With the tax filing deadline just around the corner now is the perfect time to cover some of the basics involved in selling your Chicago area home. In today’s post we will cover some of our favorite tax tips specifically in regards to residential real estate. This piece is for informational purposes only and we would encourage you to discuss these items in detail with your tax professional.
For specific questions, contact a trusted tax professional, or the IRS!
Not All Profits Are Taxable
You will be able to exclude a high portion of your profits so long as certain conditions are met. Typically, you will be able to exclude $250,000 from your tax return, and up to $500,000 if filing a joint return. (However, if you sell for a loss, you won’t be able to take a deduction for that amount.)
The deduction is only available when selling your primary residence, and can only be used once every two years. To qualify for the deduction, you must have lived in the residence for at least two of the past five years.
It is important that whenever you move, your address is updated with the IRS.
If you do not meet the requirements above, you might still be able to exclude a portion of your profits from your income tax. There are many special conditions you can meet in order to receive a prorated, tax-free gain. If you need to sell because of a change in your health, a job change or other unforeseen circumstances, you will be able to write-off a portion of the profit.
Reporting the Sale
You will need to report the sale if you receive a 1099-S form from the closing agent. This form provides the IRS with information regarding the proceeds from real estate transactions. To avoid reporting, make sure that you are able to exclude all profits. Let the agent know at the time of closing that the form will not need to be issued. Even if you are able to deduct all profits, if the form is issued, you will still need to file it with the IRS… even if no money is owed.
Capital Gains Taxes
If you are selling an investment property or house you have only owned briefly, you will likely be subject to the capital gains tax. In other words, the capital gains tax rate you pay depends on the total amount of income you make that year. Capital Gains taxes are dependent on how much you make. If you have a lower income, you will pay no capital gains taxes. People in higher tax brackets can pay upwards of 20%. The total amount of time you owned the asset will also have an impact on the tax rate you will have to pay. If you own the property for less than a year your profits will be considered short term gains and you will pay your ordinary income tax rate on any profit. However, if you owned the asset for more than a year then you will be taxed at long term gains rates which are typically much lower than an ordinary income tax rate.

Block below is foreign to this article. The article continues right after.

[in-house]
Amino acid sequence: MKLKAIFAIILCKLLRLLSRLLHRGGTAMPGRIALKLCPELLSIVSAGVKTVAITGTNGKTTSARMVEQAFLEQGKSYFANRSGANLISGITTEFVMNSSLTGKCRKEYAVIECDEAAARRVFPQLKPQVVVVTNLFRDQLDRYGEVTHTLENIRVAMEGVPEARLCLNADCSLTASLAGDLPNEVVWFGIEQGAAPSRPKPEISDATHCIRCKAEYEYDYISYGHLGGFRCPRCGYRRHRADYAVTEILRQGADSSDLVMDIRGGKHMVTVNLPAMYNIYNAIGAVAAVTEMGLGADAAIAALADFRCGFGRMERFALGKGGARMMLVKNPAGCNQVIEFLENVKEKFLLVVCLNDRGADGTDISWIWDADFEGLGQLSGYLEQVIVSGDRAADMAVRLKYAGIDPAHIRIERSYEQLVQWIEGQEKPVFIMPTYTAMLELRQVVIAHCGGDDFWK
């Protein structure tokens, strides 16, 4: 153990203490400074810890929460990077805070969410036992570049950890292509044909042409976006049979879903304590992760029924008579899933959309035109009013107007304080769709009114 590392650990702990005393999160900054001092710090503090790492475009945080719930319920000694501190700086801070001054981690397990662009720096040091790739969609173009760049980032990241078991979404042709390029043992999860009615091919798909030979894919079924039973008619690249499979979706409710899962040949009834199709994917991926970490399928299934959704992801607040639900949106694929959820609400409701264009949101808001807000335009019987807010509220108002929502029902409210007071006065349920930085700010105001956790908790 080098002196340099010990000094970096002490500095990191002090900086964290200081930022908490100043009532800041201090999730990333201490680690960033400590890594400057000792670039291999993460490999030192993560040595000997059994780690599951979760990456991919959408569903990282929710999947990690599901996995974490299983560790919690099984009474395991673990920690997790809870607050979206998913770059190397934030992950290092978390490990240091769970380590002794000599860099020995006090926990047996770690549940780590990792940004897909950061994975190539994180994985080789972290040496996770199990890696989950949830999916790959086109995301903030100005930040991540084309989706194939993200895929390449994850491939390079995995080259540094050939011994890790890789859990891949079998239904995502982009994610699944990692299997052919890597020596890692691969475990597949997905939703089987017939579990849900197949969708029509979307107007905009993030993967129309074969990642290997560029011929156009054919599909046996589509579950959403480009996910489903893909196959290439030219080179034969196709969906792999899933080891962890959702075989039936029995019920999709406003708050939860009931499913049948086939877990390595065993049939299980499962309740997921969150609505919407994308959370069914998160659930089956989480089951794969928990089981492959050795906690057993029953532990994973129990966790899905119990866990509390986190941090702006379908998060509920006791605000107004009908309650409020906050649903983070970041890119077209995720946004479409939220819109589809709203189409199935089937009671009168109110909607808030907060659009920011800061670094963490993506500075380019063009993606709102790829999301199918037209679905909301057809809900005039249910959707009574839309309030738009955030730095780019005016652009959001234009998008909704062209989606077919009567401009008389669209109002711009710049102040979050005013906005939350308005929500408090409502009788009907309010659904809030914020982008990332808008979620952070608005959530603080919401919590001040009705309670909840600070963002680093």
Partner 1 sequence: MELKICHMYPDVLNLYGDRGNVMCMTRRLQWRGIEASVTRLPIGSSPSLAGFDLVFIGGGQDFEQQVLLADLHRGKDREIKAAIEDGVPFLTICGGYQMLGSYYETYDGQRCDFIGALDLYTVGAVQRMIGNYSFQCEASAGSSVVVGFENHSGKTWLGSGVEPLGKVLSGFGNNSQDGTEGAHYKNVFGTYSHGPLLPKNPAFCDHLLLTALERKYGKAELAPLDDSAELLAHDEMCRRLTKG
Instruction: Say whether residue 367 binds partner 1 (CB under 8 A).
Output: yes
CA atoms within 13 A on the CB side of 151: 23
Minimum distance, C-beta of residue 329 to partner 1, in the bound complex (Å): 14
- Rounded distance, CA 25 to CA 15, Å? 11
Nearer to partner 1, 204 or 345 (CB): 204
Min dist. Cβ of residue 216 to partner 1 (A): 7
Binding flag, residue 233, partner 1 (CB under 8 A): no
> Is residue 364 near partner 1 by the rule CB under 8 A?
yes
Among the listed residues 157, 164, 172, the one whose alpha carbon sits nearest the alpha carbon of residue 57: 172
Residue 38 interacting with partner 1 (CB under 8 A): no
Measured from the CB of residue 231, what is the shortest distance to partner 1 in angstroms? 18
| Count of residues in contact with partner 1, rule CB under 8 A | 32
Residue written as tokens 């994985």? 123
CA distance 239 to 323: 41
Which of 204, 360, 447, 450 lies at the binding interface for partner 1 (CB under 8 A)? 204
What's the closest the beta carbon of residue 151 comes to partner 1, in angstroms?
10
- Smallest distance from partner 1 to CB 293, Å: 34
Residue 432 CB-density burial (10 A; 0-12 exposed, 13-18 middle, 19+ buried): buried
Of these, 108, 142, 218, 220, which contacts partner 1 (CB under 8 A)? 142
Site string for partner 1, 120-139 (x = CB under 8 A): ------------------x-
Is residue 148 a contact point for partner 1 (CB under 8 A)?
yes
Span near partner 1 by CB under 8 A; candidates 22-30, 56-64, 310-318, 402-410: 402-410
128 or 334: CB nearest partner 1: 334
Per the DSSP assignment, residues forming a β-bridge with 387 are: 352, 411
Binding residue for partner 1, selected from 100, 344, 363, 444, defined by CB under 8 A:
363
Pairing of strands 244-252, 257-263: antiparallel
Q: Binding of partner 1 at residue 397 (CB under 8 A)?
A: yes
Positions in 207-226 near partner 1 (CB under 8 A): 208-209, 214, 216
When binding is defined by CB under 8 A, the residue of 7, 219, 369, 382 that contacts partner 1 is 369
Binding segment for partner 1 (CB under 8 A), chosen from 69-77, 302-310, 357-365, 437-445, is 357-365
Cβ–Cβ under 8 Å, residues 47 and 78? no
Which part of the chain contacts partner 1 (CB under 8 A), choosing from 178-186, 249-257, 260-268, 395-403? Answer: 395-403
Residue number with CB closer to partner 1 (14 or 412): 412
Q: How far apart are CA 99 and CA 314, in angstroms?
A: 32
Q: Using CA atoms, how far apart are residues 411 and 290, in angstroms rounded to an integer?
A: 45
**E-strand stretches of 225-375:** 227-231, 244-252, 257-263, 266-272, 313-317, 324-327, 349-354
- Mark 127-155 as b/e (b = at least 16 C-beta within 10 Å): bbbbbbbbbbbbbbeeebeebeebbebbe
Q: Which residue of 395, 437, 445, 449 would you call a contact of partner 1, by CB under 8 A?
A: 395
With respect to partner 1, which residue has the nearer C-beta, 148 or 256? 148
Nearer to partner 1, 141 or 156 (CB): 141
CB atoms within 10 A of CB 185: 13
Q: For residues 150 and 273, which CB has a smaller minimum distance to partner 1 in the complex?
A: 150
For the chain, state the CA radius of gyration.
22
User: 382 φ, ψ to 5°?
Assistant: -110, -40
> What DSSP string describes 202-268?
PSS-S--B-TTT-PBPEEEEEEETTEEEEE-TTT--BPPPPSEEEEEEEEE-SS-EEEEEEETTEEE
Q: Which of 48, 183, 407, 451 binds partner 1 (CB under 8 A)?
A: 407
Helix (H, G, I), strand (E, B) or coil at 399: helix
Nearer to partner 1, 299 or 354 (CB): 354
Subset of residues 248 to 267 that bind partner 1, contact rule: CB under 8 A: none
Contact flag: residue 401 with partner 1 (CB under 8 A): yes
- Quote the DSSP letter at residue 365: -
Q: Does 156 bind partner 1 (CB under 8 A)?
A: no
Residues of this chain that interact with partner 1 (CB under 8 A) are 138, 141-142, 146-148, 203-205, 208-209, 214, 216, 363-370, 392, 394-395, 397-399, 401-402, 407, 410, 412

Deduct Selling Costs
When selling your Chicago house, you will be able to deduct any reasonable cost when selling your home. This includes the closing costs, improvements made in order to sell the house, assessments, marketing costs, agent fees and so on. Keep track of every cent you spend in an effort to sell your home. Come tax time, this can amount to major deductions!
No matter what time of the year you sell, it is always important to seek the counsel of professionals. Consult your agent, accountant, and attorney to make sure you have set up the best terms for yourself.
Don’t stress too much about taxes when putting your house up for sale in Chicago. Odds are Uncle Sam won’t be getting his hands on your profits.